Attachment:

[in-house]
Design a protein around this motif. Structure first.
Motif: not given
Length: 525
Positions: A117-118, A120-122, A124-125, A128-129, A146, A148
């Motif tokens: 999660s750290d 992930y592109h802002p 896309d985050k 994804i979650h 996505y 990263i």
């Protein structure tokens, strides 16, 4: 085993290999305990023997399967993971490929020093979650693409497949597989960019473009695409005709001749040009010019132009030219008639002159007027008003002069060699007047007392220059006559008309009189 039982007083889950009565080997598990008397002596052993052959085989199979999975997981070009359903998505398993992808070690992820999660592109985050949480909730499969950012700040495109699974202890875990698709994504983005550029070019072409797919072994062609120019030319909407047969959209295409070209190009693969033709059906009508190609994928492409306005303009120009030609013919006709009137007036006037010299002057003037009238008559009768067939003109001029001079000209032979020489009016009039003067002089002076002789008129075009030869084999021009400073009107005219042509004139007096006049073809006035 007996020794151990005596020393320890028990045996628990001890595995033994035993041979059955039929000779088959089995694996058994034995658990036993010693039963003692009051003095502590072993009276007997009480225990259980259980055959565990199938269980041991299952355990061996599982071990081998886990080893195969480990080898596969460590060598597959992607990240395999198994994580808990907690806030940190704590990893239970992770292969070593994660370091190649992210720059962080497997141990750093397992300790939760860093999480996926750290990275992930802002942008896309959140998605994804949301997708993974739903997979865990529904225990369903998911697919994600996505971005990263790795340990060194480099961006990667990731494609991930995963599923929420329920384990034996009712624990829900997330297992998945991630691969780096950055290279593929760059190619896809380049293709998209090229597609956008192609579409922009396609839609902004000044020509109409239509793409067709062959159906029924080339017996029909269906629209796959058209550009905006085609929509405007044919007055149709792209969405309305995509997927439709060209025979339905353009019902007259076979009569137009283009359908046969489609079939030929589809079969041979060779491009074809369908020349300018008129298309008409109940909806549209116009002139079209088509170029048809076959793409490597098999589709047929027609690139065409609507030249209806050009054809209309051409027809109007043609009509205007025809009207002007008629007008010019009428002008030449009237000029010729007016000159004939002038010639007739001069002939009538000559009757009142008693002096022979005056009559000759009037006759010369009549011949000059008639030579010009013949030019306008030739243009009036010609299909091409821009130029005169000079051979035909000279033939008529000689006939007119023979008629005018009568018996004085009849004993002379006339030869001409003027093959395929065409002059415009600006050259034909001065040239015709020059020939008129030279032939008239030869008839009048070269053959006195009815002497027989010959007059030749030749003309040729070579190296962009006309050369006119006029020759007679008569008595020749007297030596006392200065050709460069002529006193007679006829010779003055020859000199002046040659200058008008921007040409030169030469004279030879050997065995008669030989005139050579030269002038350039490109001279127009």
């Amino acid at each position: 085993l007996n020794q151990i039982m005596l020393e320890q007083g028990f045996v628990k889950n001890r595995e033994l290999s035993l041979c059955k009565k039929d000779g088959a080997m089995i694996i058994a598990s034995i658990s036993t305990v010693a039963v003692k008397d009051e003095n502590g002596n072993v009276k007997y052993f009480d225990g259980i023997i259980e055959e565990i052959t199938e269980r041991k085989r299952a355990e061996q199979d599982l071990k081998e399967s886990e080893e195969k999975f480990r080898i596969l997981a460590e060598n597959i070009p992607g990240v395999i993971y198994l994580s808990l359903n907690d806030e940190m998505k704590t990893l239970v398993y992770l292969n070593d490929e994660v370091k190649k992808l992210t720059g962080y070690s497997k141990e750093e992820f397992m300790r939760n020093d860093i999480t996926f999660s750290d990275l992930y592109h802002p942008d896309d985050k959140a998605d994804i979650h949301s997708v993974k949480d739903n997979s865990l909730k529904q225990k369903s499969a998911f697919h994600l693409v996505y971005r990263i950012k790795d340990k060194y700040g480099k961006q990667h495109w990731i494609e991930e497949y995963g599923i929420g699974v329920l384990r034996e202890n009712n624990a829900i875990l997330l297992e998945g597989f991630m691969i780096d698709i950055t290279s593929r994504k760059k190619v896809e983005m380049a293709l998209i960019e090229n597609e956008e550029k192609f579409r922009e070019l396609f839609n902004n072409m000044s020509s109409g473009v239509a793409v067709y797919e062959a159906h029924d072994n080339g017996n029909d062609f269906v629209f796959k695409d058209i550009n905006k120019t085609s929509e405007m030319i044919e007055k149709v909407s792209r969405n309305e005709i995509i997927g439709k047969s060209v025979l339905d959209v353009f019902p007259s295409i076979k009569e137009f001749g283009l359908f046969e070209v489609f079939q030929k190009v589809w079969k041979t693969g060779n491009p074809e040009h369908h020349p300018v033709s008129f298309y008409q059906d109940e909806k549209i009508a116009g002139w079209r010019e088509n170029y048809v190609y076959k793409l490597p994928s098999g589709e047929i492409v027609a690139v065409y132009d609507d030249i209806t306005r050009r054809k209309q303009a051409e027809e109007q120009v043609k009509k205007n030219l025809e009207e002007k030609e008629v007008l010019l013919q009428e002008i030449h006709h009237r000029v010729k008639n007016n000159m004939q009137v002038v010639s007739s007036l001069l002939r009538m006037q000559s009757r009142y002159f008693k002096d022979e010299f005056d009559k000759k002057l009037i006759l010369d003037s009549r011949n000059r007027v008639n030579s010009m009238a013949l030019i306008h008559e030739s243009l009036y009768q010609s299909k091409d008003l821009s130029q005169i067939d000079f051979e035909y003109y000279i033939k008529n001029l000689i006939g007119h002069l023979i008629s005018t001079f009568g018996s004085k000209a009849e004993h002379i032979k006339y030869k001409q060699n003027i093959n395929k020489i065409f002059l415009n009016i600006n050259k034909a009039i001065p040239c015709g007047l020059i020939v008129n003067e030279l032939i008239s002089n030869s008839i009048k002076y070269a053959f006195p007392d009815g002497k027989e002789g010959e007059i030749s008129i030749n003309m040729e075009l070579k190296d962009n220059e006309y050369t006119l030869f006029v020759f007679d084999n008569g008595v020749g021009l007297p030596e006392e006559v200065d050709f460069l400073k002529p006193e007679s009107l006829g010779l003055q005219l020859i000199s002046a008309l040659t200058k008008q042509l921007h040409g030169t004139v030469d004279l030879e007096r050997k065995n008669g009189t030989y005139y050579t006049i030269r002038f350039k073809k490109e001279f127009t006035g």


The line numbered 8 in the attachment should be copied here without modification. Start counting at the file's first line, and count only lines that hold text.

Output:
């Amino acid at each position: 085993l007996n020794q151990i039982m005596l020393e320890q007083g028990f045996v628990k889950n001890r595995e033994l290999s035993l041979c059955k009565k039929d000779g088959a080997m089995i694996i058994a598990s034995i658990s036993t305990v010693a039963v003692k008397d009051e003095n502590g002596n072993v009276k007997y052993f009480d225990g259980i023997i259980e055959e565990i052959t199938e269980r041991k085989r299952a355990e061996q199979d599982l071990k081998e399967s886990e080893e195969k999975f480990r080898i596969l997981a460590e060598n597959i070009p992607g990240v395999i993971y198994l994580s808990l359903n907690d806030e940190m998505k704590t990893l239970v398993y992770l292969n070593d490929e994660v370091k190649k992808l992210t720059g962080y070690s497997k141990e750093e992820f397992m300790r939760n020093d860093i999480t996926f999660s750290d990275l992930y592109h802002p942008d896309d985050k959140a998605d994804i979650h949301s997708v993974k949480d739903n997979s865990l909730k529904q225990k369903s499969a998911f697919h994600l693409v996505y971005r990263i950012k790795d340990k060194y700040g480099k961006q990667h495109w990731i494609e991930e497949y995963g599923i929420g699974v329920l384990r034996e202890n009712n624990a829900i875990l997330l297992e998945g597989f991630m691969i780096d698709i950055t290279s593929r994504k760059k190619v896809e983005m380049a293709l998209i960019e090229n597609e956008e550029k192609f579409r922009e070019l396609f839609n902004n072409m000044s020509s109409g473009v239509a793409v067709y797919e062959a159906h029924d072994n080339g017996n029909d062609f269906v629209f796959k695409d058209i550009n905006k120019t085609s929509e405007m030319i044919e007055k149709v909407s792209r969405n309305e005709i995509i997927g439709k047969s060209v025979l339905d959209v353009f019902p007259s295409i076979k009569e137009f001749g283009l359908f046969e070209v489609f079939q030929k190009v589809w079969k041979t693969g060779n491009p074809e040009h369908h020349p300018v033709s008129f298309y008409q059906d109940e909806k549209i009508a116009g002139w079209r010019e088509n170029y048809v190609y076959k793409l490597p994928s098999g589709e047929i492409v027609a690139v065409y132009d609507d030249i209806t306005r050009r054809k209309q303009a051409e027809e109007q120009v043609k009509k205007n030219l025809e009207e002007k030609e008629v007008l010019l013919q009428e002008i030449h006709h009237r000029v010729k008639n007016n000159m004939q009137v002038v010639s007739s007036l001069l002939r009538m006037q000559s009757r009142y002159f008693k002096d022979e010299f005056d009559k000759k002057l009037i006759l010369d003037s009549r011949n000059r007027v008639n030579s010009m009238a013949l030019i306008h008559e030739s243009l009036y009768q010609s299909k091409d008003l821009s130029q005169i067939d000079f051979e035909y003109y000279i033939k008529n001029l000689i006939g007119h002069l023979i008629s005018t001079f009568g018996s004085k000209a009849e004993h002379i032979k006339y030869k001409q060699n003027i093959n395929k020489i065409f002059l415009n009016i600006n050259k034909a009039i001065p040239c015709g007047l020059i020939v008129n003067e030279l032939i008239s002089n030869s008839i009048k002076y070269a053959f006195p007392d009815g002497k027989e002789g010959e007059i030749s008129i030749n003309m040729e075009l070579k190296d962009n220059e006309y050369t006119l030869f006029v020759f007679d084999n008569g008595v020749g021009l007297p030596e006392e006559v200065d050709f460069l400073k002529p006193e007679s009107l006829g010779l003055q005219l020859i000199s002046a008309l040659t200058k008008q042509l921007h040409g030169t004139v030469d004279l030879e007096r050997k065995n008669g009189t030989y005139y050579t006049i030269r002038f350039k073809k490109e001279f127009t006035g």